13/01/2015 06:06 GMT | Updated 14/03/2015 05:59 GMT

10 Resolutions the NHS Must Make Now

Although free at the point of delivery, the NHS is not a 'free for all' and though treatment is not rationed, it must be rational. Having spent 15 years in the same job, at the sharp end of the NHS, I have seen fancy ideas and initiatives change policy and procedure, trying to trim the cost of the service. As the NHS continues to deliver a Waitrose-esque service on an Aldi-type budget, the overspend increases. Basic business-sense fundamental management is ignored allowing costs to rise and the giant beast of a machine grinds more and more slowly, becoming less and less efficient.

I've voiced my concerns, my ideas, my solutions, and my suggestions but no one appears to listen or to care. Perhaps someone, somewhere, will read these 10 easy, no cost resolutions and be brave enough to try them out.

Streamline equipment. Ten surgeons in a department should not mean ten varieties of hip prostheses are stocked. A choice of two alternatives of expensive clinical equipment is sufficient and guards against supply problems with either one.

Remember, just because an operation can be done, doesn't mean it should be. Obese diabetics aged 80 confined to wheel chairs due to breathing difficulties are not 'entitled' to knee replacements. Same applies to plastic surgery for 'psychological distress' caused by body parts being too large or too small.

Standardise non clinical supplies across entire Trusts, Local Authorities and Health Boards. In fact, even buying the same paper and envelopes throughout all departments in the same hospital would be a good place to start for economies of scale.

Remember that cost and value are very different entities whose relationship may not always be obvious, immediate or temporally related. Supporting Professional Activities (SPAs) are seen as a waste of money due to failure to recognise time for teaching, research and quality improvement projects means trainees score the hospital highly on GMC surveys. Universities listen to this and send more medical students to 'good' hospitals where high quality teaching is valued. These students bring money.

Re-introduce prescription charges in Scotland, Northern Ireland and Wales where prescription medication has been free since 2011, 2010 and 2007 respectively. Here in England, actual payment is made for only 10% of prescriptions. The other 90% consists of medicines for children and those entitled to free prescriptions. While 'free for all' is politically popular, there should remain a means tested rate of payment for those of us in the top 10% who can afford to pay. We should use, but not abuse the system.

Stop wondering why operating theatres are so 'inefficient'. They are not. Instead acknowledge that adopting the latest in safety and best practice, (performing huddles, repeatedly checking name bands, having surgical pauses and post procedural debriefs) takes time. I'm not against these; check listing improves patient safety and helps prevent human error, but it takes time. And time has both financial and opportunity costs. This is not inefficiency but reality.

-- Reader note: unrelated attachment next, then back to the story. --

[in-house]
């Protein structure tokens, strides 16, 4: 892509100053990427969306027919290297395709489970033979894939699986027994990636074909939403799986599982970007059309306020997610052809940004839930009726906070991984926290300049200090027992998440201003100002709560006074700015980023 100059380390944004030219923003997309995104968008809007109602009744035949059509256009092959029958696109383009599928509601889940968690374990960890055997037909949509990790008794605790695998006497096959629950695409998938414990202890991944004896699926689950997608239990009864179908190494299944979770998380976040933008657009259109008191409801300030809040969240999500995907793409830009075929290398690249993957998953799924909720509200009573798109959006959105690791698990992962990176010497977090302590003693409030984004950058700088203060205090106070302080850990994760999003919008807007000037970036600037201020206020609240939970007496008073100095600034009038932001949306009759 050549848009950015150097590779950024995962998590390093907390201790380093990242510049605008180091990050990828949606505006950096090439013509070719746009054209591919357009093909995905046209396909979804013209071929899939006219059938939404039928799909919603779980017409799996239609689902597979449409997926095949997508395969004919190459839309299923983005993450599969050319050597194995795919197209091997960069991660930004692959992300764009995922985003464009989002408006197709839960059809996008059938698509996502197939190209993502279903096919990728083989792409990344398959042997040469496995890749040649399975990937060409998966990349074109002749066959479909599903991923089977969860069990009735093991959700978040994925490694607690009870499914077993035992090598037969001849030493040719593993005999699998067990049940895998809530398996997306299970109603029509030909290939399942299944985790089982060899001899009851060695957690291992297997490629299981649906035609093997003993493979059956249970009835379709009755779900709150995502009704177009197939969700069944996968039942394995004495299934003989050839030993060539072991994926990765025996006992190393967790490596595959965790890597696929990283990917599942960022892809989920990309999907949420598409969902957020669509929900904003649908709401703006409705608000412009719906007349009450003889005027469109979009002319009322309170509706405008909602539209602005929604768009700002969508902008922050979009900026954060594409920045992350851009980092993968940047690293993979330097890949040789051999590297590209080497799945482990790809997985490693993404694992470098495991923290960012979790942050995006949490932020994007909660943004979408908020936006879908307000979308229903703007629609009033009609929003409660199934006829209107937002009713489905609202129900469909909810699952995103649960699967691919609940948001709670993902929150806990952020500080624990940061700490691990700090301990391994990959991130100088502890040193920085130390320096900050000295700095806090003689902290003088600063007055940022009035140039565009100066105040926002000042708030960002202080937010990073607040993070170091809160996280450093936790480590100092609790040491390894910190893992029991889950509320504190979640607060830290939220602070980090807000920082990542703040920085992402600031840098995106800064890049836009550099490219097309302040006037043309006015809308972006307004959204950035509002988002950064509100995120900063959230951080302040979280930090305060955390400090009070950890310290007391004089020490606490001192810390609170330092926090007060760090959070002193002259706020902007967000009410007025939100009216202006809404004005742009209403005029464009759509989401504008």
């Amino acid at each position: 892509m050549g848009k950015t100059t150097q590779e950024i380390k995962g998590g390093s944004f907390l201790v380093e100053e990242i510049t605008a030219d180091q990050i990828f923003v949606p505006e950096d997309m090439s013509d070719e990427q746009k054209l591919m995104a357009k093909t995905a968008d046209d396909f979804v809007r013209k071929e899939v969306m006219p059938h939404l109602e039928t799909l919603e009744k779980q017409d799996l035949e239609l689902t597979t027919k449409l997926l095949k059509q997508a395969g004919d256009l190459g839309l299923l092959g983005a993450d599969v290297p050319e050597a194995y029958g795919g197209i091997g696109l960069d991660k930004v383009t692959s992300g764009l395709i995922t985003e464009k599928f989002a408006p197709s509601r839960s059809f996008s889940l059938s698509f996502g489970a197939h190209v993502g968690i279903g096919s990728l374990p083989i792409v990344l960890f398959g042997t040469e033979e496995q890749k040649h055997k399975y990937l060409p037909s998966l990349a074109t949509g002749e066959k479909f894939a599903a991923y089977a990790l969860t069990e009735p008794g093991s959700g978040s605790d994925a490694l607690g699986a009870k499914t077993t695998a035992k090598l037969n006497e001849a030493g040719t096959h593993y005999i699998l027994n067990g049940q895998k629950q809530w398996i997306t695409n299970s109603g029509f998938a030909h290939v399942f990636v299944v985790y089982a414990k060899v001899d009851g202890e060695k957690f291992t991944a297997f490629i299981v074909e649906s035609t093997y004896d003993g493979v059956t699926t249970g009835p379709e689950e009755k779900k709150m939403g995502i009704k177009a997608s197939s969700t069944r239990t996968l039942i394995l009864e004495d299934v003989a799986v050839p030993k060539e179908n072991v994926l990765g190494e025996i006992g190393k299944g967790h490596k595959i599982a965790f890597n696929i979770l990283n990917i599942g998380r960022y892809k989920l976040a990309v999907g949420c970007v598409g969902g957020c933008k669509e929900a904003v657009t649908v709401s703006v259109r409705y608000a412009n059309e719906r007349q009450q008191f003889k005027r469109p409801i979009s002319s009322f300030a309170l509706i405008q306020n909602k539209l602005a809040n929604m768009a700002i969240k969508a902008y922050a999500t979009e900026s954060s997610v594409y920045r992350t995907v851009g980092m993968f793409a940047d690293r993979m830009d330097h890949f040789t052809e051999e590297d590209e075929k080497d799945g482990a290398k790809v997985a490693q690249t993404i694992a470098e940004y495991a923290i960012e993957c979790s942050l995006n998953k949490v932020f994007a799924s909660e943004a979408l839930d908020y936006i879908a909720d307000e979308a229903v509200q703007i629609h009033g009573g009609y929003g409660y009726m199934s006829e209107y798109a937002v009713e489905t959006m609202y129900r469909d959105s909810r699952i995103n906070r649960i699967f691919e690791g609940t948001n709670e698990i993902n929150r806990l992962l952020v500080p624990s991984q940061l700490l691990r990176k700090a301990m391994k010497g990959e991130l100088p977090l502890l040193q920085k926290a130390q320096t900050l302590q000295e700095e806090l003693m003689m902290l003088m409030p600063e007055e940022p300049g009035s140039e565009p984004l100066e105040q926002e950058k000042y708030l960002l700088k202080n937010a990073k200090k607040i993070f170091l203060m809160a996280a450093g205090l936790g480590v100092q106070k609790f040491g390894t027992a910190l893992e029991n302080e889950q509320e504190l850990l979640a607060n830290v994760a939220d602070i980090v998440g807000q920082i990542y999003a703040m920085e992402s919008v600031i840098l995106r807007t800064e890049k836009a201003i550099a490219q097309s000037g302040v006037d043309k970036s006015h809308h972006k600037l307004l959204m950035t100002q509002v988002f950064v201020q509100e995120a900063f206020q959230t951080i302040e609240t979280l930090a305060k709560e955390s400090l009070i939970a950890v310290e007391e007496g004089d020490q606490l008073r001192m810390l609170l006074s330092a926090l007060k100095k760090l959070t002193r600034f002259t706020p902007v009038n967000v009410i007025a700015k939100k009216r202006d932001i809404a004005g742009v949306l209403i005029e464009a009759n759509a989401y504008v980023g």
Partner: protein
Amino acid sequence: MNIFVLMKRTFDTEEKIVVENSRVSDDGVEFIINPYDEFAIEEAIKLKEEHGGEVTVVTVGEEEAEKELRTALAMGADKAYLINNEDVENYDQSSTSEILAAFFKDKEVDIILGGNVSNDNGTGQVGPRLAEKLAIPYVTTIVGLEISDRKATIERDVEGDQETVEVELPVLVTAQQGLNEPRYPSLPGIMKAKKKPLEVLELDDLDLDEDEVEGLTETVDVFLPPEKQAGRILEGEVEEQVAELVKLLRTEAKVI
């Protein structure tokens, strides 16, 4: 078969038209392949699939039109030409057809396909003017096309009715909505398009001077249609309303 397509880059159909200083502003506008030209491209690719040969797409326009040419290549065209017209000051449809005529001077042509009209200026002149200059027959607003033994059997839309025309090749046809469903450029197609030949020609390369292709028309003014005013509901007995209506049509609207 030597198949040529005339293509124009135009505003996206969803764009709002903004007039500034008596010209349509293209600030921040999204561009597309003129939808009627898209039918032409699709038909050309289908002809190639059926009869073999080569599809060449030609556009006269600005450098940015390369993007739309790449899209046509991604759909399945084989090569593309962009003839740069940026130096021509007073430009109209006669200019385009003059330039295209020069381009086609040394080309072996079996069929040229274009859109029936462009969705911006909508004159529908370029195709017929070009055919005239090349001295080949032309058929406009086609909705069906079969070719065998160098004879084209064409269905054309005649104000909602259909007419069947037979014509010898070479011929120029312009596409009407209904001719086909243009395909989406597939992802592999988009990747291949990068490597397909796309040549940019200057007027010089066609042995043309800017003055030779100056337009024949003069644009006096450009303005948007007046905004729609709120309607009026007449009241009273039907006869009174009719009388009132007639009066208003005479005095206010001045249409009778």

Medium term employment contracts. It is very difficult to get fired from the NHS. You can be sick as often as you like and receive various levels of warning, reprimand, additional support and phased returns. Employment contracts reviewed every five years would allow the chronically sick and dis-interested slackers to be relieved from continually hampering the organisation. We all know who they are yet their managers seem powerless to fire them.

Redress the balance of non-clinical to clinical staff. An organisation whose sole purpose is to treat the sick should have more than 50% of its employees engaged in doing so. The contracts mentioned above could be useful here.

Decisions around healthcare provision must be based on clinical need and not on arbitrary vote winning declarations of speedy delivery. Cut your coat according to your cloth and stop wasting money chasing meaningless targets.

Start to value and incentivise staff to work smarter. Acknowledge and praise challenging work and excellent outcomes and your investigation of complaints and poor outcomes will be better tolerated. Borrow from business with 'Employee of the month' rewarded with a parking spot or an early finish one Friday. Finished all your work half an hour early because the team worked fast and efficiently? Go home half an hour early instead of being redeployed to a late running team to help mop the floor. This will help reverse the drain of goodwill. There is no incentive to work harder if the reward is to be given more work.